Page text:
Effects of Institutional Care

Institutionalising children has been shown to cause a wide range of problems for their development, well-being and longer-term outcomes. Institutional care does not adequately provide the level of positive individual attention from consistent caregivers which is essential for the successful emotional, physical, mental, and social development of children. This is profoundly relevant for children under 3 years of age for whom institutional care has been shown to be especially damaging. 

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Changing the Way We Care,

Este documento está diseñado para orientar a las personas u organizaciones que están apoyando un proceso de transición para pasar de proporcionar atención residencial a un modelo que promueva la atención familiar y comunitaria. El documento está diseñado en torno a las Fases de la Transición de Better Care Network. Se basa en el trabajo que Changing the Way We Care ha realizado en los últimos años para apoyar a diferentes proveedores de atención residencial, tanto religiosos como laicos, en su propio proceso de transición. Hay ejemplos y enlaces a herramientas relevantes, mensajes y actividades sugeridas que pueden utilizarse para apoyar las diferentes fases del proceso.

Lynette Oosthuizen-Erasmus, Anri Gretha Adlem,

This article advances a greater understanding of the views, perceptions and experiences of caregivers caring for abandoned infants and toddlers living in institutional care in South Africa, on the basis of information obtained from 15 participants interviewed through semi-structured interviews in this qualitative study. Understanding their views, perceptions and experiences provides vital information to develop social work practices.

Selin Zeytinoglu, Alva Tang, Charles H. Zeanah, Charles A. Nelson, Alisa N. Almas, Nathan A. Fox,

Institutional rearing negatively impacts the development of children's social skills and executive functions (EF). However, little is known about whether childhood social skills mediate the effects of the foster care intervention (FCG) and foster caregiving quality following early institutional rearing on EF and social skills in adolescence. Participants included abandoned children from Romanian institutions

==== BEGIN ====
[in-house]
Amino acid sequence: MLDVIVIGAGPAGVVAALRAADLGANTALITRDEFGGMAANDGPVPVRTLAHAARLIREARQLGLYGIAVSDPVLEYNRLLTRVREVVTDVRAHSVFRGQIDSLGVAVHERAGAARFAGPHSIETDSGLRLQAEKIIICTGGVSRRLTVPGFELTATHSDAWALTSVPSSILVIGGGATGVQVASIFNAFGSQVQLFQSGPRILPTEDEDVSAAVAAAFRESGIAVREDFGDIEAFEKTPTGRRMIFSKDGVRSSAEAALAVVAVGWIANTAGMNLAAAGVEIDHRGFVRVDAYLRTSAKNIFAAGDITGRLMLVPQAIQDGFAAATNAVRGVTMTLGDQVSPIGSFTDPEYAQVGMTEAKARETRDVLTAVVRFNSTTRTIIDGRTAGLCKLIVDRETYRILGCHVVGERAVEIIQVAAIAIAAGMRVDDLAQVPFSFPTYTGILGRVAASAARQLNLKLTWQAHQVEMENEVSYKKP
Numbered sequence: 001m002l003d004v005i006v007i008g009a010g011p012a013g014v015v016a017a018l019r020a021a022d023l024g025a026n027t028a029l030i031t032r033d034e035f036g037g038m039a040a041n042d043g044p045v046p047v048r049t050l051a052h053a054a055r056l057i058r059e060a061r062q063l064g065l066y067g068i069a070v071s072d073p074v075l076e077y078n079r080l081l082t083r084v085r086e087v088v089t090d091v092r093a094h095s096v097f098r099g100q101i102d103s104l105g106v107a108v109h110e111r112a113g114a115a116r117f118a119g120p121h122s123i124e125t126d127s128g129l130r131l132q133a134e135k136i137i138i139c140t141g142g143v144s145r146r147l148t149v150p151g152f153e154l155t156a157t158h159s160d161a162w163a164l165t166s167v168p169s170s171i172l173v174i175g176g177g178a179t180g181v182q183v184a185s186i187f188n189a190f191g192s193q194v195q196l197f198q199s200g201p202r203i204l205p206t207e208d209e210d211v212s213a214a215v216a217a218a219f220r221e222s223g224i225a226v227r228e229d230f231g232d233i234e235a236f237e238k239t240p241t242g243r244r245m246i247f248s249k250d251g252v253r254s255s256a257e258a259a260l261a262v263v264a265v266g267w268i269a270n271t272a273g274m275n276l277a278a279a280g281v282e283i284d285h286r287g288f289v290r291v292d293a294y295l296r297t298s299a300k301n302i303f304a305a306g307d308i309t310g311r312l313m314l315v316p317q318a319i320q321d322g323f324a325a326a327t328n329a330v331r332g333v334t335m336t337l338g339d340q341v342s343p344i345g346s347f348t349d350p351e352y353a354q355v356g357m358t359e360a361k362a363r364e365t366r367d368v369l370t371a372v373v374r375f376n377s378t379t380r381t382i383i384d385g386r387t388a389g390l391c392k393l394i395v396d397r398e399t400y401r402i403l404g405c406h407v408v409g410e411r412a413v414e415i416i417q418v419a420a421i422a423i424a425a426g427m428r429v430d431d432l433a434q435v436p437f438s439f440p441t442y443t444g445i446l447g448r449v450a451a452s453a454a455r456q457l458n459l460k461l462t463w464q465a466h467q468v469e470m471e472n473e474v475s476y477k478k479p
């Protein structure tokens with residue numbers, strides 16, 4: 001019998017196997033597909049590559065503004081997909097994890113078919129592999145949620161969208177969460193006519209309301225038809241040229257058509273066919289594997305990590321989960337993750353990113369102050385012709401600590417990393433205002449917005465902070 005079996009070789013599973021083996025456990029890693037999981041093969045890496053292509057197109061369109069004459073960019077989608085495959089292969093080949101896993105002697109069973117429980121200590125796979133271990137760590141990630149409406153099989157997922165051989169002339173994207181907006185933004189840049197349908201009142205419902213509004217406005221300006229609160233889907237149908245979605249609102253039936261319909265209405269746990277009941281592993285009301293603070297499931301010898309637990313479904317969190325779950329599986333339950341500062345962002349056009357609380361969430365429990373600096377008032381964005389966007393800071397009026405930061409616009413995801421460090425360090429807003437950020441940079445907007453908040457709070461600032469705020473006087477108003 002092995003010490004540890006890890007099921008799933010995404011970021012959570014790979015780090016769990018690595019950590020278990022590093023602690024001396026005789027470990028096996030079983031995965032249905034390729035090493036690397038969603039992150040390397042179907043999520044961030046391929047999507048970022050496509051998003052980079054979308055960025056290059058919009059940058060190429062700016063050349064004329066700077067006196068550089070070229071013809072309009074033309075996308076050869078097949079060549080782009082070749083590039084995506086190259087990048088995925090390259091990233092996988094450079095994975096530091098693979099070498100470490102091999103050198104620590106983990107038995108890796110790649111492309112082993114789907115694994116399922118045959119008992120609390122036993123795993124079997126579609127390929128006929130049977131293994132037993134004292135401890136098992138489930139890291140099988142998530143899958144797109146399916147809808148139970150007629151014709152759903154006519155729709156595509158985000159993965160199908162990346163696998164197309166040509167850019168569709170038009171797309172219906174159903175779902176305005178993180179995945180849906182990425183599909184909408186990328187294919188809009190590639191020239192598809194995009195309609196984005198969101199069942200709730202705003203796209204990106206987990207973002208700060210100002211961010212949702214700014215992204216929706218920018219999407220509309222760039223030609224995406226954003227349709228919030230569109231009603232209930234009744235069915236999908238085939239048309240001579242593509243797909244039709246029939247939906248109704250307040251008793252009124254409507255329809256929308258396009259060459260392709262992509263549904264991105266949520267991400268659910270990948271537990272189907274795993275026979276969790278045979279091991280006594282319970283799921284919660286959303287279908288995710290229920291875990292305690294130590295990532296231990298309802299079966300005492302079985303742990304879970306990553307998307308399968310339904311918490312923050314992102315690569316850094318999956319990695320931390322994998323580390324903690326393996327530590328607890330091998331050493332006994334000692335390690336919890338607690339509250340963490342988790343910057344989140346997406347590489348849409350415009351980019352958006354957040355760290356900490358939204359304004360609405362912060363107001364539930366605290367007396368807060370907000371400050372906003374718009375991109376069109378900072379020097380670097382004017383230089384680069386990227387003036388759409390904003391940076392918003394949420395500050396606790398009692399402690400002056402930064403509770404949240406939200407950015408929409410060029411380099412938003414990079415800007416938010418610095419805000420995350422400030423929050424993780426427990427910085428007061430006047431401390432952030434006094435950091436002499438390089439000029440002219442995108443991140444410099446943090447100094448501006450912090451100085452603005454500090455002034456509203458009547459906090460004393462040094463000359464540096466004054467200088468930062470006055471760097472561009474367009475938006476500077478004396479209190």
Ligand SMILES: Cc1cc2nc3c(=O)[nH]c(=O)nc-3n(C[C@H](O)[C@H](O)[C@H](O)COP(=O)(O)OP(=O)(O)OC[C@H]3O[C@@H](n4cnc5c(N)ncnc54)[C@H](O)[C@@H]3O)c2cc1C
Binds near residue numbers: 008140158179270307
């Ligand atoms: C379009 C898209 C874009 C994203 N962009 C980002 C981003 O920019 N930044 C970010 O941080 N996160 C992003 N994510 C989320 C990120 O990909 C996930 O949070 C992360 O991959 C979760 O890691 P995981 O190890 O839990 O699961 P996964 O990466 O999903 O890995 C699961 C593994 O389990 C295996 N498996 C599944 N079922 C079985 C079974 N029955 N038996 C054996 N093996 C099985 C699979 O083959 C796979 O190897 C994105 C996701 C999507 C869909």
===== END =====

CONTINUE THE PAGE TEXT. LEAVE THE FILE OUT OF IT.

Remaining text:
Elli Oswald, Executive Director of the Faith to Action Initiative, reconsiders the best ways American churches can serve some of the world’s most vulnerable children and honor them as image bearers of God.

Lumos, KESCA,

Produced with KESCA, ‘Myths vs Reality’ highlights some of the key misconceptions associated with voluntourism, including how this could unintentionally support institution-related trafficking.

Arlene Nduku, Munyae Mulinge, Josephine Arasa,

The purpose of this study was to ascertain the traumatic experiences endured by children in institutional care in Kiambu County, Kenya. The target population for this study was all children in 50 registered institutions of care within Kiambu County aged between 11 and 17 years.

EsmeFuller-Thomson, Mahsima Nosrati-Inanlou, Alex Sellors, Andie MacNeila,

This study investigated the prevalence of and factors associated with complete mental health (CMH) among a nationally representative sample of Canadians who had contact with child welfare services before age 16.

Anna W. Wright, Joana Salifu Yendork, Wendy Kliewer ,

Institutional childcare is associated with developmental delays and setbacks. Since alternative options are not always available, it is important to investigate youth in institutional settings to evaluate how to provide optimal care.

G David Batty, Mika Kivimäki, Philipp Frank,

Removal from family of origin to state care can be a highly challenging childhood experience and is itself linked to an array of unfavourable outcomes in adult life. This systematic review which included Canada, the US, western Europe, and Australia, aimed to synthetise evidence on the risk of adult mortality in people with a history of state care in early life, and assess the association according to different contexts. 

Süheyla Seker, Cyril Boonmann, Delfine d’Huart, David Bürgin, Klaus Schmeck, Nils Jenkel, Martin Steppan, Alexander Grob, Hilma Forsman, Jörg M. Fegert, Marc Schmid,

Child welfare and juvenile justice placed youths show high levels of psychosocial burden and high rates of mental disorders. It remains unclear how mental disorders develop into adulthood in these populations. The aim of this study, based on adolescents in Swiss residential care, was to present the rates of mental disorders in adolescence and adulthood in child welfare and juvenile justice samples and to examine their mental health trajectories from adolescence into adulthood.